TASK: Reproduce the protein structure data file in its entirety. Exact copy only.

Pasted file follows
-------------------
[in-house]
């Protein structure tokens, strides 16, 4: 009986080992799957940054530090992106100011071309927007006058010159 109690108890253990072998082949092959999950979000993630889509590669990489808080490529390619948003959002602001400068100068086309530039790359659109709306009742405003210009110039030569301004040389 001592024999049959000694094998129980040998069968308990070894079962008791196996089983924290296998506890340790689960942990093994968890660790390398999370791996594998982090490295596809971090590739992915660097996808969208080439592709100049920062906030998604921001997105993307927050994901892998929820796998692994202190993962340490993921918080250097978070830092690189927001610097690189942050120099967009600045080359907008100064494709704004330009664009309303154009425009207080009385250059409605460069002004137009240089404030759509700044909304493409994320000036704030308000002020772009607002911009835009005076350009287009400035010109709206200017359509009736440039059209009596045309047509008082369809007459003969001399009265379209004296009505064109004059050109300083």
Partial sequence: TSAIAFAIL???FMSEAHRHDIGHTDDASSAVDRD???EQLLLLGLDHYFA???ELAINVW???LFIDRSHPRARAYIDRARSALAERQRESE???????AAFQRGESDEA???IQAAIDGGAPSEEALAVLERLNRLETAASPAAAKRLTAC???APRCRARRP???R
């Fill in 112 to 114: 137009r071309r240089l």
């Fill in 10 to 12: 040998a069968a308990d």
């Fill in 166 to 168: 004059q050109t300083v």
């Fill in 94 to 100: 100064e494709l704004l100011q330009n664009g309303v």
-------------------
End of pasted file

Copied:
[in-house]
């Protein structure tokens, strides 16, 4: 009986080992799957940054530090992106100011071309927007006058010159 109690108890253990072998082949092959999950979000993630889509590669990489808080490529390619948003959002602001400068100068086309530039790359659109709306009742405003210009110039030569301004040389 001592024999049959000694094998129980040998069968308990070894079962008791196996089983924290296998506890340790689960942990093994968890660790390398999370791996594998982090490295596809971090590739992915660097996808969208080439592709100049920062906030998604921001997105993307927050994901892998929820796998692994202190993962340490993921918080250097978070830092690189927001610097690189942050120099967009600045080359907008100064494709704004330009664009309303154009425009207080009385250059409605460069002004137009240089404030759509700044909304493409994320000036704030308000002020772009607002911009835009005076350009287009400035010109709206200017359509009736440039059209009596045309047509008082369809007459003969001399009265379209004296009505064109004059050109300083």
Partial sequence: TSAIAFAIL???FMSEAHRHDIGHTDDASSAVDRD???EQLLLLGLDHYFA???ELAINVW???LFIDRSHPRARAYIDRARSALAERQRESE???????AAFQRGESDEA???IQAAIDGGAPSEEALAVLERLNRLETAASPAAAKRLTAC???APRCRARRP???R
């Fill in 112 to 114: 137009r071309r240089l």
């Fill in 10 to 12: 040998a069968a308990d």
């Fill in 166 to 168: 004059q050109t300083v």
């Fill in 94 to 100: 100064e494709l704004l100011q330009n664009g309303v």